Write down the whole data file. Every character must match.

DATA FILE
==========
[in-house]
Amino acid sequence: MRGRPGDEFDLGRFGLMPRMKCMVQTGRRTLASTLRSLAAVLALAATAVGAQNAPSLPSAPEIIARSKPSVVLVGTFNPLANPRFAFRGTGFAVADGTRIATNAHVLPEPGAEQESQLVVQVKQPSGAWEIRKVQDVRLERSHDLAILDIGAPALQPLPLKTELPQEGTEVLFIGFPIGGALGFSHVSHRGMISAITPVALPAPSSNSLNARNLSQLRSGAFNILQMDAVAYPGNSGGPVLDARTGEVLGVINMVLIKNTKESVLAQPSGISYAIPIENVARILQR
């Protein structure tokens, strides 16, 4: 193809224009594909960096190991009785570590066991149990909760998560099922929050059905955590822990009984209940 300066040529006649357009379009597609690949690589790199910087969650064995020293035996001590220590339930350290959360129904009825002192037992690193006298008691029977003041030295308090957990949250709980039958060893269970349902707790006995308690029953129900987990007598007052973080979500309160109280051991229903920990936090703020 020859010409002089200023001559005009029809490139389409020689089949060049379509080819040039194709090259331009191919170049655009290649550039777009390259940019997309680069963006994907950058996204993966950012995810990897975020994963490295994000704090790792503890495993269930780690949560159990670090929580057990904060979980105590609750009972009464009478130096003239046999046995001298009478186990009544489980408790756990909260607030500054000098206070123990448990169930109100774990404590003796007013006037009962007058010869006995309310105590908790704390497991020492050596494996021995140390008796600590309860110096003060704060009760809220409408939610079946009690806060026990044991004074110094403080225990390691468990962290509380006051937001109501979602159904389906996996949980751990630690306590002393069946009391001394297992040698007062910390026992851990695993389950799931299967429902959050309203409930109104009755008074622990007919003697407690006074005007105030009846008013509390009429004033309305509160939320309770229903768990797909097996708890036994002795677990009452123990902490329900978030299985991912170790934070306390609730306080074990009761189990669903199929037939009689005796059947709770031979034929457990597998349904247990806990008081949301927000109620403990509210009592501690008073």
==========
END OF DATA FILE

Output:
[in-house]
Amino acid sequence: MRGRPGDEFDLGRFGLMPRMKCMVQTGRRTLASTLRSLAAVLALAATAVGAQNAPSLPSAPEIIARSKPSVVLVGTFNPLANPRFAFRGTGFAVADGTRIATNAHVLPEPGAEQESQLVVQVKQPSGAWEIRKVQDVRLERSHDLAILDIGAPALQPLPLKTELPQEGTEVLFIGFPIGGALGFSHVSHRGMISAITPVALPAPSSNSLNARNLSQLRSGAFNILQMDAVAYPGNSGGPVLDARTGEVLGVINMVLIKNTKESVLAQPSGISYAIPIENVARILQR
């Protein structure tokens, strides 16, 4: 193809224009594909960096190991009785570590066991149990909760998560099922929050059905955590822990009984209940 300066040529006649357009379009597609690949690589790199910087969650064995020293035996001590220590339930350290959360129904009825002192037992690193006298008691029977003041030295308090957990949250709980039958060893269970349902707790006995308690029953129900987990007598007052973080979500309160109280051991229903920990936090703020 020859010409002089200023001559005009029809490139389409020689089949060049379509080819040039194709090259331009191919170049655009290649550039777009390259940019997309680069963006994907950058996204993966950012995810990897975020994963490295994000704090790792503890495993269930780690949560159990670090929580057990904060979980105590609750009972009464009478130096003239046999046995001298009478186990009544489980408790756990909260607030500054000098206070123990448990169930109100774990404590003796007013006037009962007058010869006995309310105590908790704390497991020492050596494996021995140390008796600590309860110096003060704060009760809220409408939610079946009690806060026990044991004074110094403080225990390691468990962290509380006051937001109501979602159904389906996996949980751990630690306590002393069946009391001394297992040698007062910390026992851990695993389950799931299967429902959050309203409930109104009755008074622990007919003697407690006074005007105030009846008013509390009429004033309305509160939320309770229903768990797909097996708890036994002795677990009452123990902490329900978030299985991912170790934070306390609730306080074990009761189990669903199929037939009689005796059947709770031979034929457990597998349904247990806990008081949301927000109620403990509210009592501690008073």